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Federal penalties for drug possession were stiffened in the 1950s, and in 1970, Congress enacted a law that gave federal prosecutors the right to confiscate the property of anyone convicted of drug trafficking in a process called criminal forfeiture. That same year, justifying the War on Drugs and Organized Crime for doing so, Congress passed the Bank Secrecy Act.

Eight years later, Congress gave prosecutors the ability to seize the property of anyone suspected of involvement in the drug trade through civil forfeiture proceedings. (Executives at Phizer, Bayer and the rest of big pharma don’t count here of course).

Today, nearly one-fifth of the inmates in America’s state prisons are there after being convicted of a drug-related offense. And drug offenders represent about half of all inmates in federal prisons.

And the results? In 1900, somewhere between 2% and 5% of people living in the US were addicted to drugs, primarily morphine. Today, the numbers are still in that range, according to the United Nations.

In the meantime, the War on Drugs has become a huge industry. Direct spending by the federal government to fight this war eats up about $15 billion annually. State and local governments spend billions more arresting, processing, and incarcerating people for drug offenses. Merely operating the nation’s prisons costs over $80 billion each year.

Ending or even relaxing the War on Drugs would inevitably lead to law enforcement budget cuts. And the status quo is defended by legions of lobbyists and by bureaucrats who have spent a lifetime fighting this war. The only choice, then, is to ramp it up. And that’s exactly what Obama is doing.

All to pursue a strategy that’s not only invasive of privacy, but hugely expensive and completely ineffective.
The right to self-ownership of our bodies, including what we put into them, is about as basic as freedom gets. Our founding fathers understood this principle well. Thomas Jefferson wrote that a government controlling what food people can eat and the kind of medicine they take will soon try to control what people can think.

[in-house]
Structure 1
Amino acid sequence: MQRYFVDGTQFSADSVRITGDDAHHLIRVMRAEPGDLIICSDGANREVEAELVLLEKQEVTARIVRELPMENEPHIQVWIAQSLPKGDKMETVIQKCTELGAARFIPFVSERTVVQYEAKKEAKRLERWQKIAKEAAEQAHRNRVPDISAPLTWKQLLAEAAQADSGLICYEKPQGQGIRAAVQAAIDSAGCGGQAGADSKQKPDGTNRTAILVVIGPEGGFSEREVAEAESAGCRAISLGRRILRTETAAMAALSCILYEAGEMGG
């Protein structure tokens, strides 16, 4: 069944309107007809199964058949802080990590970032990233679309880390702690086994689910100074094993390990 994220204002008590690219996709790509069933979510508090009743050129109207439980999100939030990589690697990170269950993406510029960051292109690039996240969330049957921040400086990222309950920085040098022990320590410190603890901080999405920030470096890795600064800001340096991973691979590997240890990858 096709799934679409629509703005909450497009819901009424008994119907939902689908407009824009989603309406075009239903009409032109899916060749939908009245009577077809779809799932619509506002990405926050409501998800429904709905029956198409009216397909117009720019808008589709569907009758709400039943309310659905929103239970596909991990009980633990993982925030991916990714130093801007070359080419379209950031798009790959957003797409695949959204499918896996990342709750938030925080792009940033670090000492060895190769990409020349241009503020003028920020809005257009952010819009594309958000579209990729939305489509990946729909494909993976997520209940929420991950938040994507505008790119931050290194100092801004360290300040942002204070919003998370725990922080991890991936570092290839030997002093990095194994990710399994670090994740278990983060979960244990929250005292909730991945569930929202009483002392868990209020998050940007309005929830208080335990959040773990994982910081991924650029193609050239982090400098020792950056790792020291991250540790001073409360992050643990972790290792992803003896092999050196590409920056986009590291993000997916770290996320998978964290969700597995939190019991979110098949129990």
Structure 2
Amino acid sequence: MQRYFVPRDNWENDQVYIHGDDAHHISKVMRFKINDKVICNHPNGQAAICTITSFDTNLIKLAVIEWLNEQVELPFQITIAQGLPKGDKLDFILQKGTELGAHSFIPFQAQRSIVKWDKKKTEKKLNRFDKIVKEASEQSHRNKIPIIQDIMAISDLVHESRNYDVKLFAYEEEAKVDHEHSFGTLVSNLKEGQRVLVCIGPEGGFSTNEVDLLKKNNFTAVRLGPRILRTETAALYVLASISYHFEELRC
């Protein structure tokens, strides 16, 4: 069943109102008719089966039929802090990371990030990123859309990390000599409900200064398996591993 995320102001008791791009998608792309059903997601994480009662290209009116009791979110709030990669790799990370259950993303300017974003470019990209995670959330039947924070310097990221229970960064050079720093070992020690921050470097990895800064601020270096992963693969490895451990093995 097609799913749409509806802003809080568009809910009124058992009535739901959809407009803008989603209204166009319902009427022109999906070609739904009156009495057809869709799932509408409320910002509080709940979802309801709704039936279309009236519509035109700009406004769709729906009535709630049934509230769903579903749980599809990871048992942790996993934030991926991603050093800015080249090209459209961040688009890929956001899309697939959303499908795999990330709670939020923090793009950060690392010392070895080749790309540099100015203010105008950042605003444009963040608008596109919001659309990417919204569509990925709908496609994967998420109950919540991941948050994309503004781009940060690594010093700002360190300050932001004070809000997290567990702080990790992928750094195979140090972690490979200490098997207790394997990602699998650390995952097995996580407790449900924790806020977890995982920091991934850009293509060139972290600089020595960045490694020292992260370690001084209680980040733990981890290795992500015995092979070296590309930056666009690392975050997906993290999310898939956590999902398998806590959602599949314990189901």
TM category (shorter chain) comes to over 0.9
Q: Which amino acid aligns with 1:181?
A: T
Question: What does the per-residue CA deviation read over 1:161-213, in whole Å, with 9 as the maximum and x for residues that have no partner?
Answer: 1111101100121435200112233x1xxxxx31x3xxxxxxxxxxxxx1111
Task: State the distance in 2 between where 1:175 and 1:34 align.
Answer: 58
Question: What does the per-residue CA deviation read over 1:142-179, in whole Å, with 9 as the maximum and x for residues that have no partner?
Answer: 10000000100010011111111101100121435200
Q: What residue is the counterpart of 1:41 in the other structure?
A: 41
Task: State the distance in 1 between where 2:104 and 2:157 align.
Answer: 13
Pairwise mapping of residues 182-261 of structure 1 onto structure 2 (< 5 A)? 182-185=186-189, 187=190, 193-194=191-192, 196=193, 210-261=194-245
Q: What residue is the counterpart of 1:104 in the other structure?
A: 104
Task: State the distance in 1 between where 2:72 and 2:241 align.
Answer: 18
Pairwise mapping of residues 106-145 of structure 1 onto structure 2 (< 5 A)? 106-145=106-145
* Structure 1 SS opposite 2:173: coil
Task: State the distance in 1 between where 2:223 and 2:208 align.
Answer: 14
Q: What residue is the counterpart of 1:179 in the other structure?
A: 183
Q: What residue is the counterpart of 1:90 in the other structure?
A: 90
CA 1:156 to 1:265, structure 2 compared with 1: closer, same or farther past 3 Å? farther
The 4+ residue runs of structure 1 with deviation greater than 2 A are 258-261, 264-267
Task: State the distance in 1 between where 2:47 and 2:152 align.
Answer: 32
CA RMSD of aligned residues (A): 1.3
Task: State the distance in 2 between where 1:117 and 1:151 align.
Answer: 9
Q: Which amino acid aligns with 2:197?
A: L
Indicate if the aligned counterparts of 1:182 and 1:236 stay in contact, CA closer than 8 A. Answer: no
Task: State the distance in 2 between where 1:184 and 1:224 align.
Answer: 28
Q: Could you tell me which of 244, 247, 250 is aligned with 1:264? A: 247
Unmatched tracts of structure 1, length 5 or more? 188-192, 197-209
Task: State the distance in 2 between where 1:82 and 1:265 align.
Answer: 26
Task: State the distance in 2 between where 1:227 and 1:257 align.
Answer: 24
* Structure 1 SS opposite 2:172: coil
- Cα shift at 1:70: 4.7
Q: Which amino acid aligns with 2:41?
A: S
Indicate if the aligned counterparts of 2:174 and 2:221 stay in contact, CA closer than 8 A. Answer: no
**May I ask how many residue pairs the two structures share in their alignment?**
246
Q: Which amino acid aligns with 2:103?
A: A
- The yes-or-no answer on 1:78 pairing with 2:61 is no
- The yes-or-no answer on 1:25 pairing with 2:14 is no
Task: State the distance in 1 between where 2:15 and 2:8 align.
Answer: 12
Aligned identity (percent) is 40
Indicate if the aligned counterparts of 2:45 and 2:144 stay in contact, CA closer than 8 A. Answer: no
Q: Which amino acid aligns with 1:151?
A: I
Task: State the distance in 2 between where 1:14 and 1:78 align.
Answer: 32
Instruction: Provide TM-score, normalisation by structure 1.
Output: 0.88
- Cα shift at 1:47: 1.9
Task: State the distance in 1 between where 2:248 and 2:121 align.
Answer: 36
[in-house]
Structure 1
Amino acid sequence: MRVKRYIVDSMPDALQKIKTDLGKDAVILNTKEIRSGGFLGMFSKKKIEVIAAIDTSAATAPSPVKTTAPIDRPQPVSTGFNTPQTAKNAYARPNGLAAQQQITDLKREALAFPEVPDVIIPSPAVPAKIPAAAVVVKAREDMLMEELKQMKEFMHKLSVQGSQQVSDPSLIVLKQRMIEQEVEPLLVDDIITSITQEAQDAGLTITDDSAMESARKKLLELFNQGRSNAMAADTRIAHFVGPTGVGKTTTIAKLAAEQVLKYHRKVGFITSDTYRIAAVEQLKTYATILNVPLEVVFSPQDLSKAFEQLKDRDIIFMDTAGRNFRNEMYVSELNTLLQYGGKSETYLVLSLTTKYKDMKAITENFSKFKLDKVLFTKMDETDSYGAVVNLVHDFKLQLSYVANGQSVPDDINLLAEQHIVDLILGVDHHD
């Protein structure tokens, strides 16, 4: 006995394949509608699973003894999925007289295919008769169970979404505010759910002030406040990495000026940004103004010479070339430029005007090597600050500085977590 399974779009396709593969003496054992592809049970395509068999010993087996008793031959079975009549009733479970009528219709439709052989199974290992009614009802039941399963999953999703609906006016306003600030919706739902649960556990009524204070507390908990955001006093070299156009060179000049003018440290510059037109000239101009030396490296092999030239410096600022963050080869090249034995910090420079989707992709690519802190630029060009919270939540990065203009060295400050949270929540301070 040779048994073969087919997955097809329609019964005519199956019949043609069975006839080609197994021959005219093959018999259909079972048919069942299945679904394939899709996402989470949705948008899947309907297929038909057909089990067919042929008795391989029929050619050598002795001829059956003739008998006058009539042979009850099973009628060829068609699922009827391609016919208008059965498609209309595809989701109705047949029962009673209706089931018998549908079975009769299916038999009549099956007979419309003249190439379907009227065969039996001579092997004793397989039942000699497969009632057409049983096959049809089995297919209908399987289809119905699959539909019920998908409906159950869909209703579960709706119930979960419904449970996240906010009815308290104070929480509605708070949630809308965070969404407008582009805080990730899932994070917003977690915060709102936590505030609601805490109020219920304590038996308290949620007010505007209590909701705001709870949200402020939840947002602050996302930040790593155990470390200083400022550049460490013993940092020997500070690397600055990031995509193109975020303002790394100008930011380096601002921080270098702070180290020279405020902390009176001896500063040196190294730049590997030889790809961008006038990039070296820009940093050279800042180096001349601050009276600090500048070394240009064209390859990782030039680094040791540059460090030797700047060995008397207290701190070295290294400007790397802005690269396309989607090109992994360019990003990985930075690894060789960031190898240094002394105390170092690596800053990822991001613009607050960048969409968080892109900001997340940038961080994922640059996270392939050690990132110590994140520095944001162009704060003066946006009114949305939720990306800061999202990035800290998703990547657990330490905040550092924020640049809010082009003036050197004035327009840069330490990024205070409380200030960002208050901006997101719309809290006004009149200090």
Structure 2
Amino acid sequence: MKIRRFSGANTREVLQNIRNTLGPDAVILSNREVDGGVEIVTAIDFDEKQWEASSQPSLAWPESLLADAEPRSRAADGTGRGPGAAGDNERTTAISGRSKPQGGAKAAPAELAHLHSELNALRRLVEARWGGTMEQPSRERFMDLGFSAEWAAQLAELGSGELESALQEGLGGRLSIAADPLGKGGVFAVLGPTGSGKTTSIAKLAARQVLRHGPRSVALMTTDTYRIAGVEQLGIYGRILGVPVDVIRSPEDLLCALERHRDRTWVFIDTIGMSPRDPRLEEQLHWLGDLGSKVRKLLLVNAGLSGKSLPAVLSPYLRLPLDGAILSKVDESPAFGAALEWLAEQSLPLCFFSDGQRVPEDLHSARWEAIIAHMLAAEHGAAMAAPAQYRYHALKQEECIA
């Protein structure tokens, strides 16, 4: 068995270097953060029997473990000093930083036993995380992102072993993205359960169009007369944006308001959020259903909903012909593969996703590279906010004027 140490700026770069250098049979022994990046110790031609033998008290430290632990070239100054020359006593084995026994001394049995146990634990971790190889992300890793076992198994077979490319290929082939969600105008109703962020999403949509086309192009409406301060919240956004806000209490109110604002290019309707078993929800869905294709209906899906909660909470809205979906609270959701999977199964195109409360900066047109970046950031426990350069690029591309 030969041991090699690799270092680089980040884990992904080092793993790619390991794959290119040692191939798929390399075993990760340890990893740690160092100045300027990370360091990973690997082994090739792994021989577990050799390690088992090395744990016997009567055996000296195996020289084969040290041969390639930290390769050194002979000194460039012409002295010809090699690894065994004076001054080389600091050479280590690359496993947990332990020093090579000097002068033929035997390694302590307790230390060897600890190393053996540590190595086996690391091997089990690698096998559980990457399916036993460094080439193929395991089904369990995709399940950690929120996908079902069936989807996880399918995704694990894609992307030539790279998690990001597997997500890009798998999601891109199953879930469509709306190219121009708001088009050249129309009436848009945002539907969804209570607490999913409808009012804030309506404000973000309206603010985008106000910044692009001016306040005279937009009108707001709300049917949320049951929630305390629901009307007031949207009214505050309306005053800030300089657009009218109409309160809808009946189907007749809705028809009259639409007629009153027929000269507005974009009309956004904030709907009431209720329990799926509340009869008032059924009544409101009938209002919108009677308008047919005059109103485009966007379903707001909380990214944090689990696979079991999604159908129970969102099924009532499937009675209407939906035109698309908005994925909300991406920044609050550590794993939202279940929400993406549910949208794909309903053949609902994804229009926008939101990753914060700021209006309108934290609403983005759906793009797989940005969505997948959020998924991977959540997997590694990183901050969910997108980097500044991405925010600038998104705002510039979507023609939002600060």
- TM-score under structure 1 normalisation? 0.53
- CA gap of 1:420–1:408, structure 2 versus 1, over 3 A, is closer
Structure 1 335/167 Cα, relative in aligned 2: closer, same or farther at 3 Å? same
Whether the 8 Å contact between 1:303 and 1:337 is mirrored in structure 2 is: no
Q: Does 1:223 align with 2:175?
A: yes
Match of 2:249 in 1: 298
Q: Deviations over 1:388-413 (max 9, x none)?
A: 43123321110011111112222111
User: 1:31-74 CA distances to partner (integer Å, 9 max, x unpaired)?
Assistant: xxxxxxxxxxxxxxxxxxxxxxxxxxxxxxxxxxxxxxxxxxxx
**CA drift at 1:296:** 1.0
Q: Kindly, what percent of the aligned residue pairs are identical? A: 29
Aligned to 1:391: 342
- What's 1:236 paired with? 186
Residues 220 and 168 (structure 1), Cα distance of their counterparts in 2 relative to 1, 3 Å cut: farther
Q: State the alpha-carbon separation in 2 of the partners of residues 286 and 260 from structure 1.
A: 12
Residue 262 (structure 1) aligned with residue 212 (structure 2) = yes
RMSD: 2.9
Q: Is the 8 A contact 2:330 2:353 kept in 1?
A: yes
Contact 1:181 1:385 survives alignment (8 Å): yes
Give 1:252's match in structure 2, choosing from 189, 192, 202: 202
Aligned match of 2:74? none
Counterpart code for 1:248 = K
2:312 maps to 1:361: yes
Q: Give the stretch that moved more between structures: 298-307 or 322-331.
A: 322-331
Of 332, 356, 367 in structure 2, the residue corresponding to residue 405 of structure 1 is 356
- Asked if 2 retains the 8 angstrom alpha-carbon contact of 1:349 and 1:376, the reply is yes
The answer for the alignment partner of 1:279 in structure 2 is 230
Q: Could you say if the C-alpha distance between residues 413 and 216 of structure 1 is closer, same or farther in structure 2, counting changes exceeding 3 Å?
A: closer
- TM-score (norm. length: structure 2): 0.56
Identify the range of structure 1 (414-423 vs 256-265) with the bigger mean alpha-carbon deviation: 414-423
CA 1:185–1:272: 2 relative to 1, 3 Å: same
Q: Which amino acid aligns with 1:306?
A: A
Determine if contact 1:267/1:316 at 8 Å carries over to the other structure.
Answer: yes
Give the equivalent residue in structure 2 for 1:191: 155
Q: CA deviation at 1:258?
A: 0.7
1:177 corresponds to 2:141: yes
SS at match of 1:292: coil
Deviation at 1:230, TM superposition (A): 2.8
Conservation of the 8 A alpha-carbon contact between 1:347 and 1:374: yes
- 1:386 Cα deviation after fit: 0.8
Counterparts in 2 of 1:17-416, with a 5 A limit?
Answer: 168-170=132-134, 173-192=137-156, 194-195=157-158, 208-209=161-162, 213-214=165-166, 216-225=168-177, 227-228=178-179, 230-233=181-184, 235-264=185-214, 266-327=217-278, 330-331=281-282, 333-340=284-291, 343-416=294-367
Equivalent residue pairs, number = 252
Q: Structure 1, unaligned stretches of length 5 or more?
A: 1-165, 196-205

But the drug war makes it clear that this “self-ownership principle” is null and void. You have no right to determine what substances you voluntarily introduce into your own body. As with everything else, Big Brother knows best.

The experience of the last century brings to mind the words of one of my favorite authors, H. L. Mencken. In 1925, five years after the 18th Amendment, prohibiting the manufacture, sale, or transportation of alcoholic beverages, Mencken wrote:

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There is not less drunkenness in the Republic, but more. There is not less crime, but more. There is not less insanity, but more. The cost of government is not smaller, but vastly greater. Respect for law has not increased, but diminished.

In 1933, the 18th Amendment was repealed. It’s time to do the same for the War on Drugs. But given political and bureaucratic realities, I’m not holding my breath.

Incidentally, many other countries have already decriminalized or even outright legalized formerly illicit drugs. Uruguay has fully legalized marijuana. Portugal has decriminalized all drugs — even heroin. The Czech Republic has followed a similar approach.

As with so many other aspects of life in America, if you don’t wish to become part of the ever-escalating War on Drugs, maybe it’s time to think about planning your exit strategy.